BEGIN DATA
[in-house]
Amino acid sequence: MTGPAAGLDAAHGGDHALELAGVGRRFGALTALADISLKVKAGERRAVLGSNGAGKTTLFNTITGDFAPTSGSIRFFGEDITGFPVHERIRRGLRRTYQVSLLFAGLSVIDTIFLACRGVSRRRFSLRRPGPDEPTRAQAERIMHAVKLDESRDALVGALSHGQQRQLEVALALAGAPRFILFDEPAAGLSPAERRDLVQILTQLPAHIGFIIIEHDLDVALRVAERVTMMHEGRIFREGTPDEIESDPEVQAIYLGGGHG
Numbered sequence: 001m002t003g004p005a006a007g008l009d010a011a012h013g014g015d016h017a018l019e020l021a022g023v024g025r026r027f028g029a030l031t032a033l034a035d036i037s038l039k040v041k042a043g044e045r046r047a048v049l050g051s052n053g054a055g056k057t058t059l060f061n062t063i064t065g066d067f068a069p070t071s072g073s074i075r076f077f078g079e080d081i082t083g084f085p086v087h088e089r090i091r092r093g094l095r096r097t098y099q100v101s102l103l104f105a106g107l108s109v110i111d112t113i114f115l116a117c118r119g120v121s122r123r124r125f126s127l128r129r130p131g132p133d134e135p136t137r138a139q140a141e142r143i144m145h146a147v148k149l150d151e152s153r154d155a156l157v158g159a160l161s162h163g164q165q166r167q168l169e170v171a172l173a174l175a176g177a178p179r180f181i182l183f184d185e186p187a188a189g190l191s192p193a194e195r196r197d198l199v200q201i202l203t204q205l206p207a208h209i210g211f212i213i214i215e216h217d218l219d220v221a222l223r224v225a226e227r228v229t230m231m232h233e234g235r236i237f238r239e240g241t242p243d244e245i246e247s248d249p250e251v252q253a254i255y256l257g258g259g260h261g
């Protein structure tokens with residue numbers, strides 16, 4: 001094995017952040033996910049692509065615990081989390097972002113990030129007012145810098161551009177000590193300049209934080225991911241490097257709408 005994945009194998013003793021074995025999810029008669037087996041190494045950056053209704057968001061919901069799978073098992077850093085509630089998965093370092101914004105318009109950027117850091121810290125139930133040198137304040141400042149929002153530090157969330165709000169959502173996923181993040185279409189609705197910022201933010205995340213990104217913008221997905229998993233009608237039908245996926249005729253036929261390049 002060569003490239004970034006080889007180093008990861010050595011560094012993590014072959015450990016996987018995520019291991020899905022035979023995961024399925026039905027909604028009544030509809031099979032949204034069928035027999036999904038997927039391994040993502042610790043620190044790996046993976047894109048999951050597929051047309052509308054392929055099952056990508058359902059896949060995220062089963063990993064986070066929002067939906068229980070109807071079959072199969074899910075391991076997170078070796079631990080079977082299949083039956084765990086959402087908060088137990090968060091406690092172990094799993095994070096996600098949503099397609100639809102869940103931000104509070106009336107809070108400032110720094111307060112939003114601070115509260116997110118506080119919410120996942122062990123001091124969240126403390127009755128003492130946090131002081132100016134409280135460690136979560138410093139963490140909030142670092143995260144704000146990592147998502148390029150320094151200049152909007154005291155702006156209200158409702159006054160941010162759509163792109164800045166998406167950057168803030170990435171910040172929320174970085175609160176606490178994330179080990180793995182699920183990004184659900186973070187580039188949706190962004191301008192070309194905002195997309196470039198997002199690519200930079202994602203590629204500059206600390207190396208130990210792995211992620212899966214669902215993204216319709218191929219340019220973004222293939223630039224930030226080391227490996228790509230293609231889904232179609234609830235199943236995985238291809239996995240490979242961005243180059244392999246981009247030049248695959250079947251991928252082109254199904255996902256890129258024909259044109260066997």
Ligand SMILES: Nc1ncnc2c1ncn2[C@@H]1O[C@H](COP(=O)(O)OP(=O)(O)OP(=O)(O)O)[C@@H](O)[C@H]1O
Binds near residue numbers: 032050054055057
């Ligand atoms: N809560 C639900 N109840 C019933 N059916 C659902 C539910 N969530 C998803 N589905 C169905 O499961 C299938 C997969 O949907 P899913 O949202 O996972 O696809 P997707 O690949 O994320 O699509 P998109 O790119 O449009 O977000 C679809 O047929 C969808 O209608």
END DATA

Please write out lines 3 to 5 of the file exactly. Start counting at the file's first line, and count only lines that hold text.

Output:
Numbered sequence: 001m002t003g004p005a006a007g008l009d010a011a012h013g014g015d016h017a018l019e020l021a022g023v024g025r026r027f028g029a030l031t032a033l034a035d036i037s038l039k040v041k042a043g044e045r046r047a048v049l050g051s052n053g054a055g056k057t058t059l060f061n062t063i064t065g066d067f068a069p070t071s072g073s074i075r076f077f078g079e080d081i082t083g084f085p086v087h088e089r090i091r092r093g094l095r096r097t098y099q100v101s102l103l104f105a106g107l108s109v110i111d112t113i114f115l116a117c118r119g120v121s122r123r124r125f126s127l128r129r130p131g132p133d134e135p136t137r138a139q140a141e142r143i144m145h146a147v148k149l150d151e152s153r154d155a156l157v158g159a160l161s162h163g164q165q166r167q168l169e170v171a172l173a174l175a176g177a178p179r180f181i182l183f184d185e186p187a188a189g190l191s192p193a194e195r196r197d198l199v200q201i202l203t204q205l206p207a208h209i210g211f212i213i214i215e216h217d218l219d220v221a222l223r224v225a226e227r228v229t230m231m232h233e234g235r236i237f238r239e240g241t242p243d244e245i246e247s248d249p250e251v252q253a254i255y256l257g258g259g260h261g
């Protein structure tokens with residue numbers, strides 16, 4: 001094995017952040033996910049692509065615990081989390097972002113990030129007012145810098161551009177000590193300049209934080225991911241490097257709408 005994945009194998013003793021074995025999810029008669037087996041190494045950056053209704057968001061919901069799978073098992077850093085509630089998965093370092101914004105318009109950027117850091121810290125139930133040198137304040141400042149929002153530090157969330165709000169959502173996923181993040185279409189609705197910022201933010205995340213990104217913008221997905229998993233009608237039908245996926249005729253036929261390049 002060569003490239004970034006080889007180093008990861010050595011560094012993590014072959015450990016996987018995520019291991020899905022035979023995961024399925026039905027909604028009544030509809031099979032949204034069928035027999036999904038997927039391994040993502042610790043620190044790996046993976047894109048999951050597929051047309052509308054392929055099952056990508058359902059896949060995220062089963063990993064986070066929002067939906068229980070109807071079959072199969074899910075391991076997170078070796079631990080079977082299949083039956084765990086959402087908060088137990090968060091406690092172990094799993095994070096996600098949503099397609100639809102869940103931000104509070106009336107809070108400032110720094111307060112939003114601070115509260116997110118506080119919410120996942122062990123001091124969240126403390127009755128003492130946090131002081132100016134409280135460690136979560138410093139963490140909030142670092143995260144704000146990592147998502148390029150320094151200049152909007154005291155702006156209200158409702159006054160941010162759509163792109164800045166998406167950057168803030170990435171910040172929320174970085175609160176606490178994330179080990180793995182699920183990004184659900186973070187580039188949706190962004191301008192070309194905002195997309196470039198997002199690519200930079202994602203590629204500059206600390207190396208130990210792995211992620212899966214669902215993204216319709218191929219340019220973004222293939223630039224930030226080391227490996228790509230293609231889904232179609234609830235199943236995985238291809239996995240490979242961005243180059244392999246981009247030049248695959250079947251991928252082109254199904255996902256890129258024909259044109260066997």
Ligand SMILES: Nc1ncnc2c1ncn2[C@@H]1O[C@H](COP(=O)(O)OP(=O)(O)OP(=O)(O)O)[C@@H](O)[C@H]1O